1:35am
beginning the regular calendar with nine, 2010.0790u, e-distribution report. >> good afternoon, commissioners annmarie rodgers and this is an amendment to the code and a hearing that you requested to weigh in on additional planning and land use applications if proposed ordinance would provide for documents of 10 pages or longer and all city departments and city officials should primarily do them by e-document and i'll go over that in a little bit in more detail. this ordinance was sponsored by the supervisor and i would like to introduce his aid to talk about the origin of the ordinance. >> thank annmarie and president miguel and commissioners, on behalf of the commissioner, that was 30 seconds going through my
1:36am
office today on my way here today on planning commission documentation that we dutifully read every page. what the impetus to this particular piece of legislation was is we don't need all the paper. we are happy to receive them electronically and is preferable to receive documentation electronically as it is far easier to search in case we need to review a specific division of the planning document and e.i.r. and a c.u. or whatever it that might come to us. what gave rise to it is the last straw was when we got the, i think, three boxes worth of documentation on the market octavia area plan. and at that point there's just more paper than you can absorb. so a couple of years later is a quick amendment to the administrative code that very simply says if you can have a document distributed widely or outside of your own purview that
1:37am
is over 10 pages long, save it electronically on a disk or email as the controller does with all the current reports and receive an e-copy and it is posted on the website with the link in the email to the website should we want to open the document. i know there was some concern about commissioners and members of the board of supervisors that prefer to have all their documentation in hard copy for purposes of the meeting. that is all fine and wonderful and there is a specific language in the amendment to the administrative code that allows members of boards, commissions, and anyone that's subject to the brown act or sunshine ordinance to receive those hard copies just as a matter of course upon request. and if you had a standing request that you just receive hard copies for all documents coming before the planning commission, so be it. no problem at all. what we really try to avoid is the excessive amount of papers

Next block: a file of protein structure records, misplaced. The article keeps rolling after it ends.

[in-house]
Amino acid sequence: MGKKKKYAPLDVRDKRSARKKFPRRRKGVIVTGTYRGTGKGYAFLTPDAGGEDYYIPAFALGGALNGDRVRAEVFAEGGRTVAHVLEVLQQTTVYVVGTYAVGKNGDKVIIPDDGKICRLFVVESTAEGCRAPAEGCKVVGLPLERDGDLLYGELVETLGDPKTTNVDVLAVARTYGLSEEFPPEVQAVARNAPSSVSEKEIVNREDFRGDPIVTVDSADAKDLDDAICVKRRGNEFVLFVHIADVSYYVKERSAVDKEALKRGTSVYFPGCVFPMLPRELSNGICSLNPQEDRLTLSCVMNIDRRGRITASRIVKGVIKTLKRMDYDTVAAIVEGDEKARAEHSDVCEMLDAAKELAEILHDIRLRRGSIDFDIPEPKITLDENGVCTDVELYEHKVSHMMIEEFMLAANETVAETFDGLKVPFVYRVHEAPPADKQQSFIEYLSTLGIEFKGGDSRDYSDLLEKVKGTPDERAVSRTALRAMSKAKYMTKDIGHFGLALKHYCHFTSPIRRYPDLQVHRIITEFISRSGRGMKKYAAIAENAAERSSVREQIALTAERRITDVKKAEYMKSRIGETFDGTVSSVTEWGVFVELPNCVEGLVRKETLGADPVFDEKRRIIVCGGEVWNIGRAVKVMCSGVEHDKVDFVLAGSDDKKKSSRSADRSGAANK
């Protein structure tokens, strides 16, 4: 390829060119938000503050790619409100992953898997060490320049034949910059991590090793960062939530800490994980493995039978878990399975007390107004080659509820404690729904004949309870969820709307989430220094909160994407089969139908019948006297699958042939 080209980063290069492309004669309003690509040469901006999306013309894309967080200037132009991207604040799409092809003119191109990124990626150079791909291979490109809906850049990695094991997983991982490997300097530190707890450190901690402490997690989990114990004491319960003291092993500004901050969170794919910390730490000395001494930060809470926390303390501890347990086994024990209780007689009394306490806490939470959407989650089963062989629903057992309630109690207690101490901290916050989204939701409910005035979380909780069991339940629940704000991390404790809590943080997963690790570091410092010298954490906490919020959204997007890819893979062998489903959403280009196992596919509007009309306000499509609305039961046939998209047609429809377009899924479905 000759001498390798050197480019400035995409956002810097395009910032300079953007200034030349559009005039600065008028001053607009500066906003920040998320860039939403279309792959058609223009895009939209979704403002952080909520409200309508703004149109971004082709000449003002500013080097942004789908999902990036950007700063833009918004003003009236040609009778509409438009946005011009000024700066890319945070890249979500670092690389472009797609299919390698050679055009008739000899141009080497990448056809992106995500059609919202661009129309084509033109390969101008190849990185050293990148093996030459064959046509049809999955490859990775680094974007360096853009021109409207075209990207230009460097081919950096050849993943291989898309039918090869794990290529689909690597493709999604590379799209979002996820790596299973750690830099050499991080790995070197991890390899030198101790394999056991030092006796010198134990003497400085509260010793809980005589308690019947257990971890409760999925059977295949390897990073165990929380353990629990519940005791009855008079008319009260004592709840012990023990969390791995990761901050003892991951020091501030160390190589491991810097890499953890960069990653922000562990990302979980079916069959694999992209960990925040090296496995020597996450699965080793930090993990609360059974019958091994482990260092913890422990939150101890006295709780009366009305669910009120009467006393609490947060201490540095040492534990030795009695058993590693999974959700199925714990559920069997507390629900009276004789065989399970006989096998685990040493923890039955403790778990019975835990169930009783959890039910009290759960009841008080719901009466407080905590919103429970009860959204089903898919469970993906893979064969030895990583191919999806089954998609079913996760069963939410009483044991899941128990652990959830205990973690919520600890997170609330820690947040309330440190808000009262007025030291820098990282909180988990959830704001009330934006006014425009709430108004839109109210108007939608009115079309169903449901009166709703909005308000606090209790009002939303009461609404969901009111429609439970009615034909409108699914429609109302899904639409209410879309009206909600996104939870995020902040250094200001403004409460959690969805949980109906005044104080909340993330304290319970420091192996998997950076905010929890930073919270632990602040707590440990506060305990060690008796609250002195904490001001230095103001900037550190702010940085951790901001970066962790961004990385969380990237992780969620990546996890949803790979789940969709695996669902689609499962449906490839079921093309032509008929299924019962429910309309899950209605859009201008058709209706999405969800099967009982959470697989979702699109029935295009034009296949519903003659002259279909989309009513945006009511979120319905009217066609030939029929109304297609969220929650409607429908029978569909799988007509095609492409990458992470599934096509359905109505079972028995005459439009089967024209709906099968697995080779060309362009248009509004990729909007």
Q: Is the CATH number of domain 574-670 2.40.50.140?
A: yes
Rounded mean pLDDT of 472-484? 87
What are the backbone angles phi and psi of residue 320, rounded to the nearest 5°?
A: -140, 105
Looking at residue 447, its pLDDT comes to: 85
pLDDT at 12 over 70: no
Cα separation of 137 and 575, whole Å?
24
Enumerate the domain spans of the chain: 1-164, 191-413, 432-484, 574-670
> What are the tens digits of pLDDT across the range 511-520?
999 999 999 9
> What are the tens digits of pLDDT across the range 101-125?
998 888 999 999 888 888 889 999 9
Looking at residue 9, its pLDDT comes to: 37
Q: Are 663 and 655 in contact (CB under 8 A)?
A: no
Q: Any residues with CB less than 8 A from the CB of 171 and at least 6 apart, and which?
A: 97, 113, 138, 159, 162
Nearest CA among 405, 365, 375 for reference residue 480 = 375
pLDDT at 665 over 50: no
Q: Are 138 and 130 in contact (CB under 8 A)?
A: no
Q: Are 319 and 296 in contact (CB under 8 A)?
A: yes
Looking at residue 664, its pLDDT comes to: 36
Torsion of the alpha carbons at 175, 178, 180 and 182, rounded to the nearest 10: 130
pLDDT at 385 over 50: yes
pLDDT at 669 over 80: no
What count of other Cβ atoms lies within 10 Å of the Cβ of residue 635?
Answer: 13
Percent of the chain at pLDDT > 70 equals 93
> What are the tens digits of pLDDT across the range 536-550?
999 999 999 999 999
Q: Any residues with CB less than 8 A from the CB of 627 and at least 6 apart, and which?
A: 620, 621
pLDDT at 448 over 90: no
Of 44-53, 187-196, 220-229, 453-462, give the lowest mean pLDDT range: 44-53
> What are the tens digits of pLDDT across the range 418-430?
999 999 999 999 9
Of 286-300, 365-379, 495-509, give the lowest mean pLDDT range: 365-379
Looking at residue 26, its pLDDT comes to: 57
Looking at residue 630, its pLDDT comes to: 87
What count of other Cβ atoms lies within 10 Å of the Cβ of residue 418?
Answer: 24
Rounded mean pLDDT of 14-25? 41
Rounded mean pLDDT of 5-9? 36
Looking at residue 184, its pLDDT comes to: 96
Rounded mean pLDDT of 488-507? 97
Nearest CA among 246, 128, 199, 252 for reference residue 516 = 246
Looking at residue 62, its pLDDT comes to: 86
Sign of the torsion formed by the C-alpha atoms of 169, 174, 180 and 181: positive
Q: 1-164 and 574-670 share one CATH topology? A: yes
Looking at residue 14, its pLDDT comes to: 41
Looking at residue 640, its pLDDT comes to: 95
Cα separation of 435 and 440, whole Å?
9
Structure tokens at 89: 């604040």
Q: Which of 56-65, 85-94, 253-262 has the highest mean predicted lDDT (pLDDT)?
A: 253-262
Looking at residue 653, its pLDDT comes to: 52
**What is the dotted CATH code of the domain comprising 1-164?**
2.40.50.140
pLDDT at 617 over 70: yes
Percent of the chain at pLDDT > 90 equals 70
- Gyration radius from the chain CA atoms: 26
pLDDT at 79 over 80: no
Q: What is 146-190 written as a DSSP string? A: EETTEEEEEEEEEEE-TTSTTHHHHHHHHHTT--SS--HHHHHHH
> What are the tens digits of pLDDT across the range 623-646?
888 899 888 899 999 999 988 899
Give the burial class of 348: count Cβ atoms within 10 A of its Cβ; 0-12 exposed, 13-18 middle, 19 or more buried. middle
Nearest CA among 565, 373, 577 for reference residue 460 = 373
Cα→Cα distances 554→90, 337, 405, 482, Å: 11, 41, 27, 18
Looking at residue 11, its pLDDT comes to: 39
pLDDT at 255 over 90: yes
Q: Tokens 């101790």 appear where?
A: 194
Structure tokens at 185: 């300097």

1:38am
that is produced and distributed with no real purpose and without any kind of request. they just rise to a certain amount of distribution or distributees and is not necessary to do it in paper and we prefer to have that in an electronic media format or a link to the website where the data resides to look through the report, appeal, e.i.r. and the itch complementation is ak -- and the implementation is accurate and with that, we will entertain questions if you have any. otherwise, i would ask for copies to be distributed to you and a copy for the record -- just kidding. thank you for your time today. always a pleasure to come and see you. and turn it back to annmarie or a question for me if you have
1:39am
one. >> short presentation. the department is recommending approval of this ordinance. the report before you discusses the implications and the impacts to the bodies such as yourself and the general public and the important thing is there is nothing in the ordinance that prohibits us from printing copies on request. and the intent of the ordinance is to prevent us from printing in advance frivolous copies that may or may not be need and documents that last year the planning department used two million and doesn't include paper purchase for the production of e.i.r. which may be close to the same number. so people from the public or this commission, if you so choose to continue to receive printed copies could do so upon request, but it would in general encourage us and provide more incentive to transition into e-copies. that's my report. >> thank you. president miguel: commissioner olague.
1:40am